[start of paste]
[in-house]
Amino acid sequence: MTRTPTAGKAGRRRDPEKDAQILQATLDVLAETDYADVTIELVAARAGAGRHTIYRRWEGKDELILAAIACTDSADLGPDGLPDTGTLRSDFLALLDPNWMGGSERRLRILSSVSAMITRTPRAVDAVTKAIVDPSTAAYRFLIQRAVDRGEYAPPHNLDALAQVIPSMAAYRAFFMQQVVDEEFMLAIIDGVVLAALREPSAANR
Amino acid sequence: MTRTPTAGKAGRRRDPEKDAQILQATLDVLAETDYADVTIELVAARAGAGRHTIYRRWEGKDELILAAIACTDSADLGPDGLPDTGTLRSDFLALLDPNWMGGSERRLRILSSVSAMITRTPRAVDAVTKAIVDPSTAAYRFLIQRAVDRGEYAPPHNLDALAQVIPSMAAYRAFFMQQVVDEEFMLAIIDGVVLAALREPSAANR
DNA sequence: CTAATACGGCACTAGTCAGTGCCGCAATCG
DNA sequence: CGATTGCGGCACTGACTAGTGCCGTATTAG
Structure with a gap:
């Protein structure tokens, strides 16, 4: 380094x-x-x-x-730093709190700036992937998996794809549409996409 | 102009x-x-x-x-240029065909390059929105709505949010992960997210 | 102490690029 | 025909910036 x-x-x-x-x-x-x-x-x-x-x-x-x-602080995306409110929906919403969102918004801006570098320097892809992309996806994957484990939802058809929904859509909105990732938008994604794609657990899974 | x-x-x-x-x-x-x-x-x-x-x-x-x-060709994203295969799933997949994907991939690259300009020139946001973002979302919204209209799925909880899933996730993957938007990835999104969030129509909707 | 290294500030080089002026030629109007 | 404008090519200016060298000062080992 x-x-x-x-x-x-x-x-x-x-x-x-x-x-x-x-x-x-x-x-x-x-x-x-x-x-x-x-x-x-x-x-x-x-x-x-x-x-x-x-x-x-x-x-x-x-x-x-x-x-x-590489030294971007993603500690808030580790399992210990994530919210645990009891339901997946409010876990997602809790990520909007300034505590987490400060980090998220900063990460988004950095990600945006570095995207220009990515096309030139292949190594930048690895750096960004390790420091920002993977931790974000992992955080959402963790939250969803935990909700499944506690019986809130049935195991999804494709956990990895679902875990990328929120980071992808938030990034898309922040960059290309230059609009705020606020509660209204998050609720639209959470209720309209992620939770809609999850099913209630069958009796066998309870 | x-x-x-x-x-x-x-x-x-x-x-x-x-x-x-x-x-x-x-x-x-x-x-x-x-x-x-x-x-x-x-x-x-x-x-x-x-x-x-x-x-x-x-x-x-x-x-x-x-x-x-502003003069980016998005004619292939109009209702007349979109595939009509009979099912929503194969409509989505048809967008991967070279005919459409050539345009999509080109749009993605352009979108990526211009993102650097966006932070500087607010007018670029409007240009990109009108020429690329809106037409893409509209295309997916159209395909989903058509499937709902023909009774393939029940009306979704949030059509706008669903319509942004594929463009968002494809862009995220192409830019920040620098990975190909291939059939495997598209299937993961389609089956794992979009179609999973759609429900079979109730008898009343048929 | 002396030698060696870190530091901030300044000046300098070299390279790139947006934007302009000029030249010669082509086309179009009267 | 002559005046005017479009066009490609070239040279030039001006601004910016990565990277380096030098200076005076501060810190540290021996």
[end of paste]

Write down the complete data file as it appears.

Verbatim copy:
[in-house]
Amino acid sequence: MTRTPTAGKAGRRRDPEKDAQILQATLDVLAETDYADVTIELVAARAGAGRHTIYRRWEGKDELILAAIACTDSADLGPDGLPDTGTLRSDFLALLDPNWMGGSERRLRILSSVSAMITRTPRAVDAVTKAIVDPSTAAYRFLIQRAVDRGEYAPPHNLDALAQVIPSMAAYRAFFMQQVVDEEFMLAIIDGVVLAALREPSAANR
Amino acid sequence: MTRTPTAGKAGRRRDPEKDAQILQATLDVLAETDYADVTIELVAARAGAGRHTIYRRWEGKDELILAAIACTDSADLGPDGLPDTGTLRSDFLALLDPNWMGGSERRLRILSSVSAMITRTPRAVDAVTKAIVDPSTAAYRFLIQRAVDRGEYAPPHNLDALAQVIPSMAAYRAFFMQQVVDEEFMLAIIDGVVLAALREPSAANR
DNA sequence: CTAATACGGCACTAGTCAGTGCCGCAATCG
DNA sequence: CGATTGCGGCACTGACTAGTGCCGTATTAG
Structure with a gap:
């Protein structure tokens, strides 16, 4: 380094x-x-x-x-730093709190700036992937998996794809549409996409 | 102009x-x-x-x-240029065909390059929105709505949010992960997210 | 102490690029 | 025909910036 x-x-x-x-x-x-x-x-x-x-x-x-x-602080995306409110929906919403969102918004801006570098320097892809992309996806994957484990939802058809929904859509909105990732938008994604794609657990899974 | x-x-x-x-x-x-x-x-x-x-x-x-x-060709994203295969799933997949994907991939690259300009020139946001973002979302919204209209799925909880899933996730993957938007990835999104969030129509909707 | 290294500030080089002026030629109007 | 404008090519200016060298000062080992 x-x-x-x-x-x-x-x-x-x-x-x-x-x-x-x-x-x-x-x-x-x-x-x-x-x-x-x-x-x-x-x-x-x-x-x-x-x-x-x-x-x-x-x-x-x-x-x-x-x-x-590489030294971007993603500690808030580790399992210990994530919210645990009891339901997946409010876990997602809790990520909007300034505590987490400060980090998220900063990460988004950095990600945006570095995207220009990515096309030139292949190594930048690895750096960004390790420091920002993977931790974000992992955080959402963790939250969803935990909700499944506690019986809130049935195991999804494709956990990895679902875990990328929120980071992808938030990034898309922040960059290309230059609009705020606020509660209204998050609720639209959470209720309209992620939770809609999850099913209630069958009796066998309870 | x-x-x-x-x-x-x-x-x-x-x-x-x-x-x-x-x-x-x-x-x-x-x-x-x-x-x-x-x-x-x-x-x-x-x-x-x-x-x-x-x-x-x-x-x-x-x-x-x-x-x-502003003069980016998005004619292939109009209702007349979109595939009509009979099912929503194969409509989505048809967008991967070279005919459409050539345009999509080109749009993605352009979108990526211009993102650097966006932070500087607010007018670029409007240009990109009108020429690329809106037409893409509209295309997916159209395909989903058509499937709902023909009774393939029940009306979704949030059509706008669903319509942004594929463009968002494809862009995220192409830019920040620098990975190909291939059939495997598209299937993961389609089956794992979009179609999973759609429900079979109730008898009343048929 | 002396030698060696870190530091901030300044000046300098070299390279790139947006934007302009000029030249010669082509086309179009009267 | 002559005046005017479009066009490609070239040279030039001006601004910016990565990277380096030098200076005076501060810190540290021996």